A Beautiful Mind

Manjunath Kamath began the presentation of slides and videos of a lifetime of his works on a cautious note.

Written by Parul | Published: August 26, 2012 1:16:54 am

Manjunath Kamath began the presentation of slides and videos of a lifetime of his works on a cautious note. “There are about 100 slides,but I promise you won’t get bored,” promised Kamath. And true to his word,for over two hours at the Government Museum Auditorium on Friday evening,the visual artist had the large audience go along with him on a journey that was both magical and mysterious.

In Chandigarh on the invitation of the Chandigarh Lalit Kala Akademi,the artist,known for his installations,video art,paintings and drawings gave a clear glimpse of his works,with his reflections. “Everything is possible in my work and it’s all believable too,” he said. Influenced and fascinated by Indian miniatures and the magic realism that they exude,Kamath’s affection for mythological images is clearly seen in his works. At the presentation,Kamath showcased a repertoire of works — starting with 2006,when after returning from Cardiff,he toyed with the thought,“what’s my responsibility as an artist?” to his latest project. He shared that all his works start with a title and then move towards a narrative. “After I finish them,they are yours. In my opinion,we first need to find joy in looking at art,and not get too perturbed about finding meaning in it. Art appreciation is a quality that needs to be instilled at an early age,at school level,” said Kamath.

Featuring god,people,animals and different philosophies,Kamath’s works are inspired by the day-to-day life of any individual who observes things going around him. In his own words he’s a “capturer of the immediate in painterly images” who takes cues from conversations with friends,relatives,“street smart guys”,storytellers,children,journalists,art critics and so on. “All this is to try and go beyond the face value of the words uttered and the mental images created. I look at the possibilities of the unsaid and chances of the unrevealed in my works. So they are always mysterious and playful,” pointed out Kamath.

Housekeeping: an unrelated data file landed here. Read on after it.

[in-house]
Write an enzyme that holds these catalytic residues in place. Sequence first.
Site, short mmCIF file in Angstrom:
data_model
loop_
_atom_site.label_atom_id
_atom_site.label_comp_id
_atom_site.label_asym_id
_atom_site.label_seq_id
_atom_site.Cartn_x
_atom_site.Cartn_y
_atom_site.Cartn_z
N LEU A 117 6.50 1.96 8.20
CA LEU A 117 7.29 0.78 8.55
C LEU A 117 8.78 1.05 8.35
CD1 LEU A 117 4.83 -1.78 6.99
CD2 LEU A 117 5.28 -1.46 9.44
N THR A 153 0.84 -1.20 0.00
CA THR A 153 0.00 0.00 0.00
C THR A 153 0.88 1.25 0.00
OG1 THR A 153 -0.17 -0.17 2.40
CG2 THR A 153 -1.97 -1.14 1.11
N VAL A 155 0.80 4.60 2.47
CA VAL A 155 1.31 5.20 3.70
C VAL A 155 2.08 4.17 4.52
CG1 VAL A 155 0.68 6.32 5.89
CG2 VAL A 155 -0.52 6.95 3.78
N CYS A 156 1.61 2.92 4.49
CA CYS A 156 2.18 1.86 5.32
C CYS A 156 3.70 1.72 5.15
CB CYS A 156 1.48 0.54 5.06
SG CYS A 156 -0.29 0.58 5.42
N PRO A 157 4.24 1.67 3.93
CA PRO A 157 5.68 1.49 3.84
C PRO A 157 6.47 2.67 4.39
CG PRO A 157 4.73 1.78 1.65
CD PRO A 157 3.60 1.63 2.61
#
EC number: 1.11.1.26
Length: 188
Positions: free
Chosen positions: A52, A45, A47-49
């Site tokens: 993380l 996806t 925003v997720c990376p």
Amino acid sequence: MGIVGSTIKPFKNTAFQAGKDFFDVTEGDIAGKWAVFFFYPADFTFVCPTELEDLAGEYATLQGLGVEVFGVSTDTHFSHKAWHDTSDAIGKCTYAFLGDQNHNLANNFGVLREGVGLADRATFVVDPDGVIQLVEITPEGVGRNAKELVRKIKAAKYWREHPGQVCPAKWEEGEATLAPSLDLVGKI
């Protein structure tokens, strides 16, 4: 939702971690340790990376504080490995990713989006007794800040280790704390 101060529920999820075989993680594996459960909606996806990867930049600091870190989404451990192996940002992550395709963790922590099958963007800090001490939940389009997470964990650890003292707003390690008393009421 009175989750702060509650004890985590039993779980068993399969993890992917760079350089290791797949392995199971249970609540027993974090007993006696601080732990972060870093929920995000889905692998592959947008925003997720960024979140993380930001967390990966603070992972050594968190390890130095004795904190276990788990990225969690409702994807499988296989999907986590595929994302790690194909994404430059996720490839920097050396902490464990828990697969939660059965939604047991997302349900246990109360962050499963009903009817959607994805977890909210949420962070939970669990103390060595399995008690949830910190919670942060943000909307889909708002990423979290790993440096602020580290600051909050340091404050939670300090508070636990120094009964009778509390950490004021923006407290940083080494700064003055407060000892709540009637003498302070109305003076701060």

Like in the fables and parables,there are many animals and birds in his works too. “I try to create simple but thoughtful narratives by painting quirky situations,” shared the artist who uses luminous acrylic colours and experiments with various mediums,techniques,sizes and ideas to generate new images and impressions. He believes,while technique and skill are important they should not enslave an artist,but empower.

For someone who is “constantly thinking,ideating and drawing”,Kamath threw light on his fibre glass sculptures,installations using varied materials,digital prints and videos,each of which are a comment on life,people,situations,issues of identity,race,social structure and interestingly today’s consumer-driven world. He’s quick to admit that he’s a collector of images,one who lets his work be seen as a process. “No,my works are not surreal,” he clarified.

As slides of works like Character from my Grandmother’s Story,Marriage in May,Pink Elephant,Paneer Pizza and Photo Therapy changed on-screen,Kamath agrees his world view is quite humourous. “I like to laugh at things and through this laughter get into the unrevealed sides of events,” he said. It’s this attitude that he takes in to his video works. “I create imaginary situations,like those in fables and parables,through claymation models. They create one kind of a narrative and I leave it open for the viewers to interpret,” says Kamath whose forte ultimately lies in creating fantasies out of the ordinary.

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